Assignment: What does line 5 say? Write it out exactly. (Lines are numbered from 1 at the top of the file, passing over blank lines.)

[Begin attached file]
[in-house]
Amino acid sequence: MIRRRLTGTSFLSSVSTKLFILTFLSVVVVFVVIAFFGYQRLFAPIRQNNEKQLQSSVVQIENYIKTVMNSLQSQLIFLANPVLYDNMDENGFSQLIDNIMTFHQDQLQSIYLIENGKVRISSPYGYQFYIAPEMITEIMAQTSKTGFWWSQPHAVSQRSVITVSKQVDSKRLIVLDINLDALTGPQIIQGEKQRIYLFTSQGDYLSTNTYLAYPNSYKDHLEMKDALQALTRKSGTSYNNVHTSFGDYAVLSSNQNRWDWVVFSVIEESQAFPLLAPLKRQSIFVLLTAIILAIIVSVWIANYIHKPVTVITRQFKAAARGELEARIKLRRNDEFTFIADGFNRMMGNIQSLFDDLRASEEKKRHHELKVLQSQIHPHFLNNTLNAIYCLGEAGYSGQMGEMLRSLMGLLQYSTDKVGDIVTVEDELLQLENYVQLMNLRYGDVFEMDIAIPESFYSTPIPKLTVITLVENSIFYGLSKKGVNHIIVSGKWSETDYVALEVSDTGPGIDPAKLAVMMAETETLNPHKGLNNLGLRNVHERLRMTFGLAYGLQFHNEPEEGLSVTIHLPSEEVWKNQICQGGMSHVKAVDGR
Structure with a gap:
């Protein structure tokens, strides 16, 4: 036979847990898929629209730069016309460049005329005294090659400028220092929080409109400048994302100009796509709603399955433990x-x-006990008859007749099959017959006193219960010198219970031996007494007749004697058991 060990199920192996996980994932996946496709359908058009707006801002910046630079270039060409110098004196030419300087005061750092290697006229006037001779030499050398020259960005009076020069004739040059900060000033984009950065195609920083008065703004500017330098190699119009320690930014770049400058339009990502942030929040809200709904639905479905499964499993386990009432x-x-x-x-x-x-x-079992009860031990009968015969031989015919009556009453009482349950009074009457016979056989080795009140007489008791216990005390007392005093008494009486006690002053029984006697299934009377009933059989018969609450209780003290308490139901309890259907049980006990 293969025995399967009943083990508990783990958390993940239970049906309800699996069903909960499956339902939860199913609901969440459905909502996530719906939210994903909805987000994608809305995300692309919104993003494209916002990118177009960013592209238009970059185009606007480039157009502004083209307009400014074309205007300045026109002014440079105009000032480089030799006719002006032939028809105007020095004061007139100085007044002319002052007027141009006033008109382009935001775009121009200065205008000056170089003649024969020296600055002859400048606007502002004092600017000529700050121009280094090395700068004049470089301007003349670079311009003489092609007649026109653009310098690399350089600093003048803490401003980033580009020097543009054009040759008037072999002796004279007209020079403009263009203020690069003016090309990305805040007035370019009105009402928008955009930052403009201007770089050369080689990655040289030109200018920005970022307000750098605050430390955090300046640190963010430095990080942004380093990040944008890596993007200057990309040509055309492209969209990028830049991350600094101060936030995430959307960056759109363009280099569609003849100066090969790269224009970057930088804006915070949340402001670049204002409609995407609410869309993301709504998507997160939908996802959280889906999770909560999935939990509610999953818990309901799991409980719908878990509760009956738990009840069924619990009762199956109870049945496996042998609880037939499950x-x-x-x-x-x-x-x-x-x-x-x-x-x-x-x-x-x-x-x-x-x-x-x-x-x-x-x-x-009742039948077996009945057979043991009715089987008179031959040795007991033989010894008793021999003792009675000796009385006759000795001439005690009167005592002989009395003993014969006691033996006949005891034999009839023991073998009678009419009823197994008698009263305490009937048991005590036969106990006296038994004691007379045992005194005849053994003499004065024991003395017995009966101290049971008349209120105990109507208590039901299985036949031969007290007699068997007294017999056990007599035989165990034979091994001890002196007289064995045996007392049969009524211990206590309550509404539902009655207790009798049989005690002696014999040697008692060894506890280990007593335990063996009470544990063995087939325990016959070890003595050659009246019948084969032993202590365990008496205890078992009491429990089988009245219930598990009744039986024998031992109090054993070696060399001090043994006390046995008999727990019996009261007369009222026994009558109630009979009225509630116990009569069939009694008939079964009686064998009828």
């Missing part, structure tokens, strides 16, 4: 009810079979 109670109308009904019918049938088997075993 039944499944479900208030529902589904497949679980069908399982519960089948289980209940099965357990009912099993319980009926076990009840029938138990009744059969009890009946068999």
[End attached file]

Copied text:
């Missing part, structure tokens, strides 16, 4: 009810079979 109670109308009904019918049938088997075993 039944499944479900208030529902589904497949679980069908399982519960089948289980209940099965357990009912099993319980009926076990009840029938138990009744059969009890009946068999």